Debt isn’t always a bad thing. In fact, you need some debt if you want to accumulate a credit score. You need a payment history that shows lenders and the credit bureau that you can effectively handle your finances.
Unfortunately, not all debt is equal, though. For example, if you have a ton of credit card debt on your credit report, that’s not a good thing. But if you have a good mix of credit card debt and installment debt, all with a good payment history, you could be in good shape.
Keep reading to learn which debts affect your credit the least and which may have the most damaging effects.
Revolving credit or credit cards have an effect on your credit score, but it’s not always negative. Now if you go out and max out your credit card, yes it will negatively affect your credit score. But if you use your credit card responsibly, only charging a small amount of your available credit line, it may not hurt your credit score at all.
What you need to watch with credit cards is the utilization rate. The credit bureaus compare your total available credit line to the amount of outstanding credit. If you have more than 30% of your available credit line outstanding, it can negatively affect your credit score. On the other hand, if you have less than 30% outstanding and you pay your bills on time, it can give you a positive payment history that can help your credit score.
Installment loans don’t have the same effect on your credit score. In fact, they typically have very little effect. You may see a change in your credit score when you first take an installment loan out just because of the money you borrowed, but that effect wears off quickly.
What you won’t see is a dramatic change in your credit score when you pay the installment loan off in full. That’s because installment loans are typically secured by an asset, such as a house or a car. This makes installment loans more predictable. If you had the choice between paying your credit card on time or your installment loan on time, you’d probably choose the installment loan so that you didn’t risk losing your house or car.
Because of an installment loan’s predictability, it doesn’t affect credit scores as much as you might think. Your main focus with an installment loan should be to make your payments on time because a late payment on any type of loan can have a detrimental effect on your credit score.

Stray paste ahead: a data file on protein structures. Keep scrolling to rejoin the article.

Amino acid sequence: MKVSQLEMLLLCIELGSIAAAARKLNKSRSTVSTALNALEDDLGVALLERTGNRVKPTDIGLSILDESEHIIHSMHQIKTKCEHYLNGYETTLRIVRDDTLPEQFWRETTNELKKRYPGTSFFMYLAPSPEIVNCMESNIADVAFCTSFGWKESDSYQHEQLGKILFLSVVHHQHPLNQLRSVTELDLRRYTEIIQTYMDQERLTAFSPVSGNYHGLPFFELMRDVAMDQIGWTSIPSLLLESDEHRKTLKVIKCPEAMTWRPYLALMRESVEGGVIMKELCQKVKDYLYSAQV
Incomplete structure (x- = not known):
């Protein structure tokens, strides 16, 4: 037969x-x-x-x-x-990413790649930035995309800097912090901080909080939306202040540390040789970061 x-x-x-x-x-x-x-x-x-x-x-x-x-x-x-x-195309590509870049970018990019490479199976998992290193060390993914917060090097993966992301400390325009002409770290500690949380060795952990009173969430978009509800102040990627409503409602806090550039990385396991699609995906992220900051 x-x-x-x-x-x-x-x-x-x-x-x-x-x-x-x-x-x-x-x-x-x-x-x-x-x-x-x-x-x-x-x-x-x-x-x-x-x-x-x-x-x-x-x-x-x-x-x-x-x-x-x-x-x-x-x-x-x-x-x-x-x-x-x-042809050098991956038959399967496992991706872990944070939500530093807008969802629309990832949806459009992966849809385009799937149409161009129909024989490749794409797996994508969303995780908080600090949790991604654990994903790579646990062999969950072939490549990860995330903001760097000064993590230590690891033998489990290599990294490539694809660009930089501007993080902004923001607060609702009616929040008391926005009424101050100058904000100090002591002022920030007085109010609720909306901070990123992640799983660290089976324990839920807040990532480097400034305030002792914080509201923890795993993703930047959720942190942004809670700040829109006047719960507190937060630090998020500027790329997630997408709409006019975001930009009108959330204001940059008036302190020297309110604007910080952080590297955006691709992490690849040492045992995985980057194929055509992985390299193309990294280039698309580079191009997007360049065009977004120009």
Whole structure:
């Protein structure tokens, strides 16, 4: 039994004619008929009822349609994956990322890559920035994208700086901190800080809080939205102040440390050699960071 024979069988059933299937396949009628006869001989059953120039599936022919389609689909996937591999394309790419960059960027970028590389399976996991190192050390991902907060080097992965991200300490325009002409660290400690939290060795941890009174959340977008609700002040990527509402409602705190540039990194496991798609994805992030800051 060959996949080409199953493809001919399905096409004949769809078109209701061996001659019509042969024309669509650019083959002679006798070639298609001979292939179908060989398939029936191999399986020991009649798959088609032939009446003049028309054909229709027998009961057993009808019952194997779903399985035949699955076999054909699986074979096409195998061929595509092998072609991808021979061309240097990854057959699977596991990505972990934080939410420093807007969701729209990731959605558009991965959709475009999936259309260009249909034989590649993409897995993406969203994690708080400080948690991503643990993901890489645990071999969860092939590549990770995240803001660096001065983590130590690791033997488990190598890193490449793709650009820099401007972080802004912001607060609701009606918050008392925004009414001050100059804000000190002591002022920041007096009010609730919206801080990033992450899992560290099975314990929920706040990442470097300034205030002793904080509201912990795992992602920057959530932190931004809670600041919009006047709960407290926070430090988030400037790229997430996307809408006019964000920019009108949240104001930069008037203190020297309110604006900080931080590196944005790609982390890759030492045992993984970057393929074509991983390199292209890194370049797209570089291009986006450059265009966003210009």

It’s an unfortunate fact that many people have medical debt. Normally, medical debt doesn’t get reported to the credit bureaus. It’s once you don’t pay your bills though, that the medical practice sends the bills to collection agencies. Typically, collection agencies report their debts to the credit bureaus.
Typically, medical debt doesn’t affect your credit score a lot, especially if it’s a small collection. But in the grand scheme of things, a collection is a collection and that’s not a good thing. A sizeable collection could damage your credit score significantly, which could make it hard for you to get any other loans.
Judgments are worse than collections and affect your credit score accordingly. A judgment can affect your credit score from the minute it’s reported on your credit report until the statute of limitations kicks in and it’s removed from your credit report.
The best thing you can do is avoid any debts turning into judgments so that you don’t have to see the impact they can have on your credit score. If you do end up with one, pay it in full as soon as you can. You should also make sure that you keep the rest of your credit history as positive as possible. This means paying all of your other debts on time and not overextending yourself. This way you can ensure that the judgment doesn’t have the negative effect it has the potential to have.
Overall, your best bet is to pay your bills on time, only borrow what you need to borrow, and keep your revolving debt under control. If things get out of control, reel them back in as fast as you can by paying your debts down and avoiding taking out any new debt.